I agree that 79% of FTP is too high for the top of LT1. Xert LTP gives me 215 and 10% knocked off that (which is a seemingly common pattern) is 195. Using @mcneese.chad’s marvellous resource that shows me at 195 watts and I did suggest upping intensity perhaps to 70-75%.

However I recognise the sound advice on here and will not be upping any intensities but perhaps extending sessions as time allows. Thanks for the sound input. Hopefully others following the new Polarized plans will contribute. I do not want this thread to be just about what I am doing.


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I do the alphabet test. Whilst sat down not exercising recite the alphabet A to Z. How far do you get through the alphabet before taking a breathe?. Now recite it whilst doing your Z1 ride. Can’t get as far before taking a breath? Likely working too hard.


Q. The letter I got to not a question.

Great, so when next out on a Z1 ride do it again and you should still be able to reach Q. If you’re one or two letters out, don’t worry, but use it as a guide of when you might need to back off the intensity during that ride.

Stephen Seiler (@StephenSeiler) Tweeted:

From Polarized to Individually Optimized Endurance Training… in 5 steps. The 45min presentation I recorded for an ACSM chapter meeting. Doing live Q&A for their meeting later today. via @YouTube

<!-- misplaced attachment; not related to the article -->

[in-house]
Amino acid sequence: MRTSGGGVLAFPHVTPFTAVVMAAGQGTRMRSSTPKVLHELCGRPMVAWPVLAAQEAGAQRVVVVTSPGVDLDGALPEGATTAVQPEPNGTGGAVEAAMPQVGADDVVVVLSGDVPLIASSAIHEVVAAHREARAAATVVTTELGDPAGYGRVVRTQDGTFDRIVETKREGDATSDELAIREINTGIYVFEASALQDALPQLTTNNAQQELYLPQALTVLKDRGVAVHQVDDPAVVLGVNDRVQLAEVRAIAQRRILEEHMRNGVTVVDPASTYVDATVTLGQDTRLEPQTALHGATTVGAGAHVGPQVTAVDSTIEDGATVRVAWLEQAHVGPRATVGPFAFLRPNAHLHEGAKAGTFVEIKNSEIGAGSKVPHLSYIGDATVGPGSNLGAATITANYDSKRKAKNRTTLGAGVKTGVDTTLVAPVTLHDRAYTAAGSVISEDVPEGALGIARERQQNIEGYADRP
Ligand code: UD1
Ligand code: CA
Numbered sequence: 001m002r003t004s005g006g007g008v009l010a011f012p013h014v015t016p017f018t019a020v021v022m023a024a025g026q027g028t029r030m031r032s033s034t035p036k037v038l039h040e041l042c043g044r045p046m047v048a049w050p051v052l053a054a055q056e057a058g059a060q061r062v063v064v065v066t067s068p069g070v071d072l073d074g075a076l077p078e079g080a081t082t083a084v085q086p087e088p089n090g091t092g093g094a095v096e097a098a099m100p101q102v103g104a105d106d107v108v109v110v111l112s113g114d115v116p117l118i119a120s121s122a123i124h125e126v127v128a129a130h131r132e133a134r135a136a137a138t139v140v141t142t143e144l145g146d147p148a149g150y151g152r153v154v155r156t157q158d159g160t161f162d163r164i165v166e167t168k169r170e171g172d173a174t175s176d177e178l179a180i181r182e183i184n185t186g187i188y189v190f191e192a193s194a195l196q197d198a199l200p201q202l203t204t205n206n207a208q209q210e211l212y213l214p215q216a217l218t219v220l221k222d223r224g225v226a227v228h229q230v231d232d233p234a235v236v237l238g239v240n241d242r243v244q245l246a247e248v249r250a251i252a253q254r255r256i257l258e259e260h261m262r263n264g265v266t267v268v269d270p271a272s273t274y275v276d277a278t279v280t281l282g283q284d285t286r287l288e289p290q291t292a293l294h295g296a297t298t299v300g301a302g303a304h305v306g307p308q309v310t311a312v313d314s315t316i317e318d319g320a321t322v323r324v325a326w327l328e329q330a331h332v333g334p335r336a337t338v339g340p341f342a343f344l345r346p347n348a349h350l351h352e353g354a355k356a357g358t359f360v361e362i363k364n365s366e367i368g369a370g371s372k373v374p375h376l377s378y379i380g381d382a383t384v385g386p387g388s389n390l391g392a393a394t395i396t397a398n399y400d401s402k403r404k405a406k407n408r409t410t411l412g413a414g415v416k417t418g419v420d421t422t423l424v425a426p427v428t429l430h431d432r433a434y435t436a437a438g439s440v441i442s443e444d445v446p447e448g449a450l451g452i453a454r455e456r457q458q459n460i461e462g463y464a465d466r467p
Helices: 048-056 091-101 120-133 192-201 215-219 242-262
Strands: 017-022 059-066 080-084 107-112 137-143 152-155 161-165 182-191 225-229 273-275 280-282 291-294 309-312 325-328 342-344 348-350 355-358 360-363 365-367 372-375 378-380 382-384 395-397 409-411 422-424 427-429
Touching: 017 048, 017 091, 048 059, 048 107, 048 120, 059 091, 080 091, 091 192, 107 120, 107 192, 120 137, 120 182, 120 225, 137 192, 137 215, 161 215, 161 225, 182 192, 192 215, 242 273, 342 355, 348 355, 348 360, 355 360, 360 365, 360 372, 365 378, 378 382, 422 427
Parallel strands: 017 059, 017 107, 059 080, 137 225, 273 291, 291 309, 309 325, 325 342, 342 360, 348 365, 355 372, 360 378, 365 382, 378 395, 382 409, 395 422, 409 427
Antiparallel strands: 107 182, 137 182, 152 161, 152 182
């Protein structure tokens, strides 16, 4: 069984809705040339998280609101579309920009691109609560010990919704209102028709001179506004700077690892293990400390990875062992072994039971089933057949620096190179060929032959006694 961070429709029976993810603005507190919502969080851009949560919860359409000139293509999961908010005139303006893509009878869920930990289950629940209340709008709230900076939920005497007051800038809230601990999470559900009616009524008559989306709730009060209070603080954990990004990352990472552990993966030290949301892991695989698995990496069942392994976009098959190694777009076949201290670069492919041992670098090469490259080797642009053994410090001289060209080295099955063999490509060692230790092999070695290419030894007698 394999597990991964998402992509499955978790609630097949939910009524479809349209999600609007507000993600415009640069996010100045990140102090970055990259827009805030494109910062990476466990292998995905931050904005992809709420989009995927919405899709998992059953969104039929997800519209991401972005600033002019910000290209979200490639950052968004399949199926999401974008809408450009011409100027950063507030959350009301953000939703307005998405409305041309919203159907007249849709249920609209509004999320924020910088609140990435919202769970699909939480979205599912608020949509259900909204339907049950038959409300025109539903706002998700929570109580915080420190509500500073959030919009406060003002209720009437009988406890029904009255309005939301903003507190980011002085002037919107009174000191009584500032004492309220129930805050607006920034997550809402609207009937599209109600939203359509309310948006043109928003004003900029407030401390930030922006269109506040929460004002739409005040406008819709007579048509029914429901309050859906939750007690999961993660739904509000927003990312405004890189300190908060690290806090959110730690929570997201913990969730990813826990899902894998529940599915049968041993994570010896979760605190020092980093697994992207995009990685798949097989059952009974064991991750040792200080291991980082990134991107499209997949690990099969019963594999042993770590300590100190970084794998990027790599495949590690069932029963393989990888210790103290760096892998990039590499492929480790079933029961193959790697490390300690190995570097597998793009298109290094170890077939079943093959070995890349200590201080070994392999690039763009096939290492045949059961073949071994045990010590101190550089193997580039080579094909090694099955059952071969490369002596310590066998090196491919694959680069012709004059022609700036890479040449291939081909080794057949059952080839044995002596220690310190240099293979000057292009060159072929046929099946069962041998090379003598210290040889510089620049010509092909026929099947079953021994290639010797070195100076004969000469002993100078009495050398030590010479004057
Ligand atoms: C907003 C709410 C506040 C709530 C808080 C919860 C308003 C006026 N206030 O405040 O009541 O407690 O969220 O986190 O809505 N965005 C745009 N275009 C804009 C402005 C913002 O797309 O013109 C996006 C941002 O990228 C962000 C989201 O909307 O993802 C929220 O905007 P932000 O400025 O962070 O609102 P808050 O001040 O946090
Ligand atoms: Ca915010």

Thanks for the props. The list is probably good, but not great. It’s enough to get the general idea, I think.

One thing Seiler mentioned more than once, and I believe, is that aiming for more of the “middle” of the Z1 range is likely good enough for many riders. It seems best to try NOT to ride too close to the upper limit. Ability to find LT1 and general variability mean you may be ridding “too hard” in the easy range at times.

So, that 60-70+% range may be a better power based target baring the other talk tests and such. Good to consider the length of the ride too, with shorter ones being ok closer to the top and longer stuff closer to mid or bottom.

I suspect people will find the right range for them after a week or two, but the charts and general info are probably a decent starting point at least.


Not true, LT1 can be anywhere between ~68 - 84% FTP


Further too my comment, if you are not sure of your LT1 then IMO use a 70% FTP cap,